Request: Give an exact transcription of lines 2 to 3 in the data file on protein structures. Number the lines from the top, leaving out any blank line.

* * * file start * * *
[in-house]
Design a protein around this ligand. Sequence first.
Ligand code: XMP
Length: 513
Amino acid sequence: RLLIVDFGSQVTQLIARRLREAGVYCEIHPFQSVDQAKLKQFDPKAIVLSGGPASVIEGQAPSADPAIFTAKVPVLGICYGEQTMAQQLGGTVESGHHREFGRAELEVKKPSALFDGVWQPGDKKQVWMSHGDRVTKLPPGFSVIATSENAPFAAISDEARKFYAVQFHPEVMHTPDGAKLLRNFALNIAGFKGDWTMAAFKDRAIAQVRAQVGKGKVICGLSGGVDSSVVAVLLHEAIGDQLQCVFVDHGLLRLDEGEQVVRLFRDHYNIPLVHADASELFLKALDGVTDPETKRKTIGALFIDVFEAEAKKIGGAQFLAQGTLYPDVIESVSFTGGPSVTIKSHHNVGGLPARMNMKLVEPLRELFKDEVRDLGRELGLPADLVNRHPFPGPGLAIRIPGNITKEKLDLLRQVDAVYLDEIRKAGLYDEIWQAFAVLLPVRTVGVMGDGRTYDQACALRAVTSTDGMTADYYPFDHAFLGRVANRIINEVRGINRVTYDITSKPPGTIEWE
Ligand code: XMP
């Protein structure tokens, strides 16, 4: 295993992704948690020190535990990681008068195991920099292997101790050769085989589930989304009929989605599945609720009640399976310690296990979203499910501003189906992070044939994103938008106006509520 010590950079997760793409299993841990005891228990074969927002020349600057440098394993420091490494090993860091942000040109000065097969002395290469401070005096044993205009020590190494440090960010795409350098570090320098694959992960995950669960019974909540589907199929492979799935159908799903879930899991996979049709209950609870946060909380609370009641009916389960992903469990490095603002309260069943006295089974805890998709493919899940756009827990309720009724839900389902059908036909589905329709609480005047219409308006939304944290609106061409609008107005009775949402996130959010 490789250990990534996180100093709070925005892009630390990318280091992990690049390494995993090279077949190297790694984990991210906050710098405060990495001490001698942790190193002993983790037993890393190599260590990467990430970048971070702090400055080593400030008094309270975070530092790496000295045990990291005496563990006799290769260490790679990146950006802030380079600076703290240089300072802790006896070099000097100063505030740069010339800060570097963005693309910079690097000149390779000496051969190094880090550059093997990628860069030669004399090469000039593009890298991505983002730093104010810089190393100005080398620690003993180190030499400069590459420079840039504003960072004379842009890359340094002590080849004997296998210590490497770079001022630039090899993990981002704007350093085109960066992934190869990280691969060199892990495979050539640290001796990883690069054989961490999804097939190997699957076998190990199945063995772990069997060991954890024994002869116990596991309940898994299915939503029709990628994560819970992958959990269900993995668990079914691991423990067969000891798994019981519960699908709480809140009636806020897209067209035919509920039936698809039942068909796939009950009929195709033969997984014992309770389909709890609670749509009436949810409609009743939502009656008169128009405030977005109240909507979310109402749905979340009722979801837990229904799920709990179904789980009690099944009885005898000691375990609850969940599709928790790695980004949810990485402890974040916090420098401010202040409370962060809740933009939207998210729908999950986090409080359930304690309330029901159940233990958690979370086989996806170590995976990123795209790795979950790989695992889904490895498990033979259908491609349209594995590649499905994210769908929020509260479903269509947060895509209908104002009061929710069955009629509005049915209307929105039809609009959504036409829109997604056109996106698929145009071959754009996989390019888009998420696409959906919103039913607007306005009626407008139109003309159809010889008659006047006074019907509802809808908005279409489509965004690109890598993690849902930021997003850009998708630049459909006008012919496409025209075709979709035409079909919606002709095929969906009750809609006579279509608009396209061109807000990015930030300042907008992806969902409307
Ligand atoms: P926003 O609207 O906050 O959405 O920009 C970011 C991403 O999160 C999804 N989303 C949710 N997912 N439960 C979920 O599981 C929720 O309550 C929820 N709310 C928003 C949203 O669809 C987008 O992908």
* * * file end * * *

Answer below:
Design a protein around this ligand. Sequence first.
Ligand code: XMP